WUSTL

Magneprint technology licensed to TRAX Systems, Inc.

Boon to security
By Tony Fitzpatrick

Washington University in St. Louis has licensed a system developed by Washington University engineers that is meant to detect counterfeit credit cards by reading a unique magnetic "fingerprint" on the stripes of credit cards and other objects that carry magnetic information.

The system -- called Magneprint -- was invented by Ronald Indeck, Ph.D., Das Family Distinguished Professor of Electrical Engineering at Washington University. Indeck is the director of the Center for Security Technologies at Washington University in St. Louis. The Center for Security Technologies addresses fundamental questions in the design of advanced security systems. The Center's approach concentrates on the ability to discover, assess, and avoid potential problems and threats to security arising from both malicious planned attacks and natural events.

Ronald Indeck and colleague Marcel Muller made a striking find in the early '90s that has led to the University's licensing technology to a leading security solutions provider.

Ronald Indeck and colleague Marcel Muller made a striking find in the early '90s that has led to the University's licensing technology to a leading security solutions provider.

Magneprint is licensed to TRAX Systems, Inc., a security solutions provider in California.

Each credit card's stripe has millions of magnetic particles that are organized in a unique way. Magneprint analyzes these particles and determines the card's "signature" number, which then can be put in a database.

When a card is swiped through a designated terminal, the card's signature, or "Magneprint," can be compared to the recorded signature. If the signatures do not match, the transaction can be rejected. The Magneprint represents a unique "fingerprint " of the magnetic stripe.

In 1994, Indeck and his colleague Marcel Muller, Ph.D., research professor of electrical engineering, made one of the most striking engineering insights of the decade: collections of magnetic particles have a characteristic signature as unique as a human's fingerprint. This signature, they found, can be used as positive, authentic identification of any object or document that carries magnetic information -- from credit cards, bank checks, cardkeys and security cards to music and data tapes and other computer software. The marketing of Indeck's discovery could eliminate most of the estimated $5 billion lost to credit card and check fraud each year in the United States.

A few years later they connected with MagTek, Inc., a leading U.S. maker of magnetic stripe card readers. Credit card issuers were experiencing a great deal of "cloning," in which a valid account is encoded on a fake card. Could this technology, MagTek wondered, be used to authenticate credit cards, debit cards, or any card having a magnetic stripe such as IDs and driver's licenses?

A system is born The university team got working on the problem. Soon they demonstrated a modified card reader that could identify cloned cards by reading the magnetic fingerprint on its data stripe. MagTek licensed the technology and developed an end-to-end product. The MagnePrint® system was born.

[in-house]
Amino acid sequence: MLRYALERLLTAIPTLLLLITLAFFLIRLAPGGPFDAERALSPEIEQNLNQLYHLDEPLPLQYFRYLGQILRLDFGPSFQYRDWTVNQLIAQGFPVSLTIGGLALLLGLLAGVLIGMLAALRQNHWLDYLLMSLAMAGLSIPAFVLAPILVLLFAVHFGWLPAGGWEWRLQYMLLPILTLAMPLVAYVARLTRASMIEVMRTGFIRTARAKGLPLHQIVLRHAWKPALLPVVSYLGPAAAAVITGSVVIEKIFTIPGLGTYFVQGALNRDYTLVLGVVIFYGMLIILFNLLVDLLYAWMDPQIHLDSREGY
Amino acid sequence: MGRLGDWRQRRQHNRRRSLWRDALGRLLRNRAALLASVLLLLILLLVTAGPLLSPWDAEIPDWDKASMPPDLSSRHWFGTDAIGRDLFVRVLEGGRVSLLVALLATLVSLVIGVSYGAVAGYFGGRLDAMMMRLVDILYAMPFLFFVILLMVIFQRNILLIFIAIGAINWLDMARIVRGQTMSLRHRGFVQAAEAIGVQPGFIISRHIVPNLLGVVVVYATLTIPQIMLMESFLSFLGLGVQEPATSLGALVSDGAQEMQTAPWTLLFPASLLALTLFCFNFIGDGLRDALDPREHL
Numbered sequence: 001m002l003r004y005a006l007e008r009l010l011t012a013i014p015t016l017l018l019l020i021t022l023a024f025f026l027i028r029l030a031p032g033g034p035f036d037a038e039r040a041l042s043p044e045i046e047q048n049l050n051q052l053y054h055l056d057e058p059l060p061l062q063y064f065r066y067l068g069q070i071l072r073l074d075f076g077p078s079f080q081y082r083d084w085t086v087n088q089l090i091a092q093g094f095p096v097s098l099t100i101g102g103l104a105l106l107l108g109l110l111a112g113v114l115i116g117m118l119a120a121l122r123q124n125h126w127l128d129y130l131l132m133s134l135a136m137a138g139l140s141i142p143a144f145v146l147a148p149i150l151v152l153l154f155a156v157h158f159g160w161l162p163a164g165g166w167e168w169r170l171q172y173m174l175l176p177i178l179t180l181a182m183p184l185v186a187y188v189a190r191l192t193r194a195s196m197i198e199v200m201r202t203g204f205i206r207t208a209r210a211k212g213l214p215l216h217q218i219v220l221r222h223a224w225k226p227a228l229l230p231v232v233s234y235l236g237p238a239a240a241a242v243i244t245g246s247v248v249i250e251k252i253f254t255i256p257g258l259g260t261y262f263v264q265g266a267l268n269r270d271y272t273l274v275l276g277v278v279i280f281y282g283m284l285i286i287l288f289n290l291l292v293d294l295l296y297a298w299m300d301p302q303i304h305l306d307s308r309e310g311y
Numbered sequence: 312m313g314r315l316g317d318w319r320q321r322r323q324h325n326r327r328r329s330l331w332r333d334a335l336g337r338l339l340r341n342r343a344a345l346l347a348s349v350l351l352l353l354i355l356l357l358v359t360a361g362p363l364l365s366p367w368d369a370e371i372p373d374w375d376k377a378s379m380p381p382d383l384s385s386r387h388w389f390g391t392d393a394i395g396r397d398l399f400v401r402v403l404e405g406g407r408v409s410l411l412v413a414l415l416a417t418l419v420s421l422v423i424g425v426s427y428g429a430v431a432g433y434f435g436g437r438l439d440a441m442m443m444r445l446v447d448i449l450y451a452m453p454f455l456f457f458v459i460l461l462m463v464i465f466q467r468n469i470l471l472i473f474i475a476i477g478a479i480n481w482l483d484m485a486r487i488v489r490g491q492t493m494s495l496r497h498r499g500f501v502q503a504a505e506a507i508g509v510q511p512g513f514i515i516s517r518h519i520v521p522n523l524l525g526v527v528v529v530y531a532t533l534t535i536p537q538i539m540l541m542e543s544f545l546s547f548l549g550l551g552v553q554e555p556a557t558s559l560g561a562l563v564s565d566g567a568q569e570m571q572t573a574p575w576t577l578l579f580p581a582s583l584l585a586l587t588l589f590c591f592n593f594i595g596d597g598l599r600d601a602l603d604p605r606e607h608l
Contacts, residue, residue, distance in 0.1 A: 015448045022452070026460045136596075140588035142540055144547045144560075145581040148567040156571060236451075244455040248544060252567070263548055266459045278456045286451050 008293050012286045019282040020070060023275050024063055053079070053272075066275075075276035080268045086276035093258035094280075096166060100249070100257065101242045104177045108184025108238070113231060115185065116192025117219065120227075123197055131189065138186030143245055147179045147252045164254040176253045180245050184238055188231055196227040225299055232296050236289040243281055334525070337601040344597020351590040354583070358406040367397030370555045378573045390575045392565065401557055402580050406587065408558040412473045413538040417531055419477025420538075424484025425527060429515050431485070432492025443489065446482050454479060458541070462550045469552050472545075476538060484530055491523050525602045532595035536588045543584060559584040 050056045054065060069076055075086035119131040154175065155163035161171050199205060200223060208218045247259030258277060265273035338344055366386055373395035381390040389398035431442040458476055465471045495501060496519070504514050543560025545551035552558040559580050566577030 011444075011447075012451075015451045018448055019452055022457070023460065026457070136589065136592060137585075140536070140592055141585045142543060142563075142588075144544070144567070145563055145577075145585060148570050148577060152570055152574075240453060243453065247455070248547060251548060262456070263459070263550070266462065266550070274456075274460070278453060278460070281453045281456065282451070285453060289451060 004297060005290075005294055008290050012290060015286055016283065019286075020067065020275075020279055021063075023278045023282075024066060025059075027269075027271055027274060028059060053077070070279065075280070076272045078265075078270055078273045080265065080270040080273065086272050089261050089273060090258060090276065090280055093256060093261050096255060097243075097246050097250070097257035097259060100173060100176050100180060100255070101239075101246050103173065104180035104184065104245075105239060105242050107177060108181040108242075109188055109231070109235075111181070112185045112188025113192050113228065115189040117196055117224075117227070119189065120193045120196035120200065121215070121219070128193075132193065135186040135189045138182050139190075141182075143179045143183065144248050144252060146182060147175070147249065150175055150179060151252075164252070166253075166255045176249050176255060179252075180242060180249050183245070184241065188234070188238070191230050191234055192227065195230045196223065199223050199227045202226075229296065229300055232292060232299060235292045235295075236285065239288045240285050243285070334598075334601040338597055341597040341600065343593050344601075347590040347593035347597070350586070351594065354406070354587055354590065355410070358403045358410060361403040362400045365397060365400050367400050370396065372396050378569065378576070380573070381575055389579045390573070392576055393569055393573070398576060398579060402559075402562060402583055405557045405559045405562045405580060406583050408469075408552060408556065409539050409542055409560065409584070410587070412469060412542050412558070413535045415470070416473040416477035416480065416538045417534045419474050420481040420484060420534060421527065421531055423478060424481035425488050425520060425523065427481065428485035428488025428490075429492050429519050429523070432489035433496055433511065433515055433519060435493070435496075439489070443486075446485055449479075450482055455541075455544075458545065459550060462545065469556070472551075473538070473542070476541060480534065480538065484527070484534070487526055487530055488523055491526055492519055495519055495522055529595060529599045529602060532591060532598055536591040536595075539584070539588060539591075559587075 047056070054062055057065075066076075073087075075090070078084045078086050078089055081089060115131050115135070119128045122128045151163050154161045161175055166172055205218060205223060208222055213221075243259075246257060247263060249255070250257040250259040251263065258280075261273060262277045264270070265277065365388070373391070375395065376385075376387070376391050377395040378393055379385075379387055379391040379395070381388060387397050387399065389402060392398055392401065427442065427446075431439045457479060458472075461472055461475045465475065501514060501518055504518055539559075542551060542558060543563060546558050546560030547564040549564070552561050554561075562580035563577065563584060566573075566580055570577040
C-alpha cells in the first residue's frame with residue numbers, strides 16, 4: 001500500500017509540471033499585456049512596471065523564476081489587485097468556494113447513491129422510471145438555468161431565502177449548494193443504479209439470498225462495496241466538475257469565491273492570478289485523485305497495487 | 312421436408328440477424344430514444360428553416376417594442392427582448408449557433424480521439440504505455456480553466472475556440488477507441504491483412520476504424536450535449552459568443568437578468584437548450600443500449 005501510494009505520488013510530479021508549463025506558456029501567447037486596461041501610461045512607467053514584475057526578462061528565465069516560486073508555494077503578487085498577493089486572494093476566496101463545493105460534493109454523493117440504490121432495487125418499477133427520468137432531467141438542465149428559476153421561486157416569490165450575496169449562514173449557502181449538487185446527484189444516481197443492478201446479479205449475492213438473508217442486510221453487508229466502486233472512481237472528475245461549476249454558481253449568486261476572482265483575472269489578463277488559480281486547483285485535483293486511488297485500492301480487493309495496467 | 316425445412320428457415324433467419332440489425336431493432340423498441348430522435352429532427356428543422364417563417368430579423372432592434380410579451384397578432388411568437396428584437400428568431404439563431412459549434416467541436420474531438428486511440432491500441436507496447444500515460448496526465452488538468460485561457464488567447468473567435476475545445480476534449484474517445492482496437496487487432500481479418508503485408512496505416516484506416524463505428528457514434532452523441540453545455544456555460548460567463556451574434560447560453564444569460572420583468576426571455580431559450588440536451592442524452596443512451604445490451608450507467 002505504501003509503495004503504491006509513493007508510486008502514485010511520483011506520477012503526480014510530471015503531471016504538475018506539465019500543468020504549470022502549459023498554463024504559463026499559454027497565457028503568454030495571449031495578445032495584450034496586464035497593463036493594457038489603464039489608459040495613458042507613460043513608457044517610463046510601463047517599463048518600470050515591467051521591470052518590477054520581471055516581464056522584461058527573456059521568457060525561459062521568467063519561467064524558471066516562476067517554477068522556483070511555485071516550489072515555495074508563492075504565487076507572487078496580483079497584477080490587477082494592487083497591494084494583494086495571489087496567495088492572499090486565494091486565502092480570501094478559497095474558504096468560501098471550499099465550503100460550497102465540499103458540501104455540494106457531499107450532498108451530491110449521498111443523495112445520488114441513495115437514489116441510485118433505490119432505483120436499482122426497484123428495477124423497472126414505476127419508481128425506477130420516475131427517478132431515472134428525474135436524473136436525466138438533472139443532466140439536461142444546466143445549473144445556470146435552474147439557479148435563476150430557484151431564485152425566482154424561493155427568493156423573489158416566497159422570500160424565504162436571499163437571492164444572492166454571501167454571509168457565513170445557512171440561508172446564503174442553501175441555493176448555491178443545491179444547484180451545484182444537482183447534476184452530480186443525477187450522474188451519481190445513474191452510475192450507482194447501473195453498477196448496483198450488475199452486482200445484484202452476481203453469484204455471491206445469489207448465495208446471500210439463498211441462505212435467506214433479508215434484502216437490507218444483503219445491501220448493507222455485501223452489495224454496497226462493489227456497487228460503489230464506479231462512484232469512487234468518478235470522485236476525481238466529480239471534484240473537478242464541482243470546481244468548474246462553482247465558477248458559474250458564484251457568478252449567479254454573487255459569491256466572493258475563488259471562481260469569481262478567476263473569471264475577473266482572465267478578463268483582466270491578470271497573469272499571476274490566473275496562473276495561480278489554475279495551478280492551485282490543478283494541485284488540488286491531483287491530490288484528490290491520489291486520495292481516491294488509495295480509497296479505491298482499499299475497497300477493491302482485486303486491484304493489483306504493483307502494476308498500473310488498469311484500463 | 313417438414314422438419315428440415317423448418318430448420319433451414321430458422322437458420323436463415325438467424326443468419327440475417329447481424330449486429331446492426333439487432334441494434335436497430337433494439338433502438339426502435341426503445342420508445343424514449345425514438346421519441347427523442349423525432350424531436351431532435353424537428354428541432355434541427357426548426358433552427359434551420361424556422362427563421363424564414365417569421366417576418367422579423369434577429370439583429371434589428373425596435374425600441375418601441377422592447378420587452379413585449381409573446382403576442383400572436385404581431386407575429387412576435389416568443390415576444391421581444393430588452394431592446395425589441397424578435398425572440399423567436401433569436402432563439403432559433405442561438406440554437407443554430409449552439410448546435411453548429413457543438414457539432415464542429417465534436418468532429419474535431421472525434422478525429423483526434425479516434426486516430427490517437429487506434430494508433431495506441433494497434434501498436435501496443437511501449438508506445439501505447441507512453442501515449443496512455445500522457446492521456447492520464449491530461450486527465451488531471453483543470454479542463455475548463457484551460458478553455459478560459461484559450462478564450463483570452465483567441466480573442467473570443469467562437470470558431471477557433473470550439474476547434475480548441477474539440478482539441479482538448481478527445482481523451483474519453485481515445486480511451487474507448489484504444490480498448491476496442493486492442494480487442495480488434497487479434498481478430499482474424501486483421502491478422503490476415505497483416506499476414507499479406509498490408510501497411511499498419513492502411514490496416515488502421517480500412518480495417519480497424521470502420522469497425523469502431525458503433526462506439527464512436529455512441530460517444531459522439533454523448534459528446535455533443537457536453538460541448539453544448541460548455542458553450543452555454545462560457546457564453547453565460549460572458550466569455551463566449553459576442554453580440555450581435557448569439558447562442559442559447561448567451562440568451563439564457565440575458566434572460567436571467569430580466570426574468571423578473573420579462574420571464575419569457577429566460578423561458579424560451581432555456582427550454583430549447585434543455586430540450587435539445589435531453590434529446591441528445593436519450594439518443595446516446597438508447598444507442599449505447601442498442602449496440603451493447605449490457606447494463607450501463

In late 2002, MasterCard International completed a large-scale trial of the system, involving 500 points-of-sale, 60,000 cardholders, and one million transactions.

Fingerprint

"The performance was outstanding -- no fraudulent cards passed through the system without being caught," Indeck said. "That was a key moment, and we were very enthused at that point. It's gratifying now to see TRAX Systems come into the picture."

Around the Spring of 2003, two Los Angeles-based entrepreneurs, Bruce Gretz and Neven Karlovac, heard about MagnePrint as a result of a security consulting project they were working. They learned that the same fingerprint properties apply to many other magnetic media, such as magnetic ink. The university researchers showed them a demonstration using marks made with magnetic laser toner (widely used for printing bank checks).

Here was an extremely inexpensive way of uniquely marking printed material---and because the marks were as random as a fingerprint, they were impossible to counterfeit. Gretz and Karlovac convinced the university that they could commercialize this technology for authenticating and tracking packaged goods. They founded TRAX Systems and by early 2004 had closed an exclusive, worldwide license from the university in this field.

Solutions for branded goods TRAX Systems now is developing solutions based on this magnetic fingerprint technology. Magnetic ink is used on the packaging materials. The fingerprints are read during production and placed into a reference database. At any later time the fingerprints can be read with a hand-held scanner and matched against the references. Goods are uniquely identified and therefore authenticated when a match is found. Assuming that counterfeiters have been clever enough to place magnetic marks in the same location, the chance of any of them matching the database is near zero.

An anti-fraud system using this approach gives several valuable benefits not found with current technologies. First, it performs item-level identification and authentication simultaneously. Most do one or the other, but not both. Second, the mark cannot be counterfeited. Third, no security is required in the materials supply chain. Most authentication systems rely on special tags, so they are compromised if a shipment is lost or stolen. The TRAX Systems approach uses commodity supplies; the mark is not secured until scanned by the customer. Finally, the system is very low-cost -- the cost of printing the marks nears zero as the unit volume rises.

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Diana Lutz
Senior Science Editor
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dlutz@wustl.edu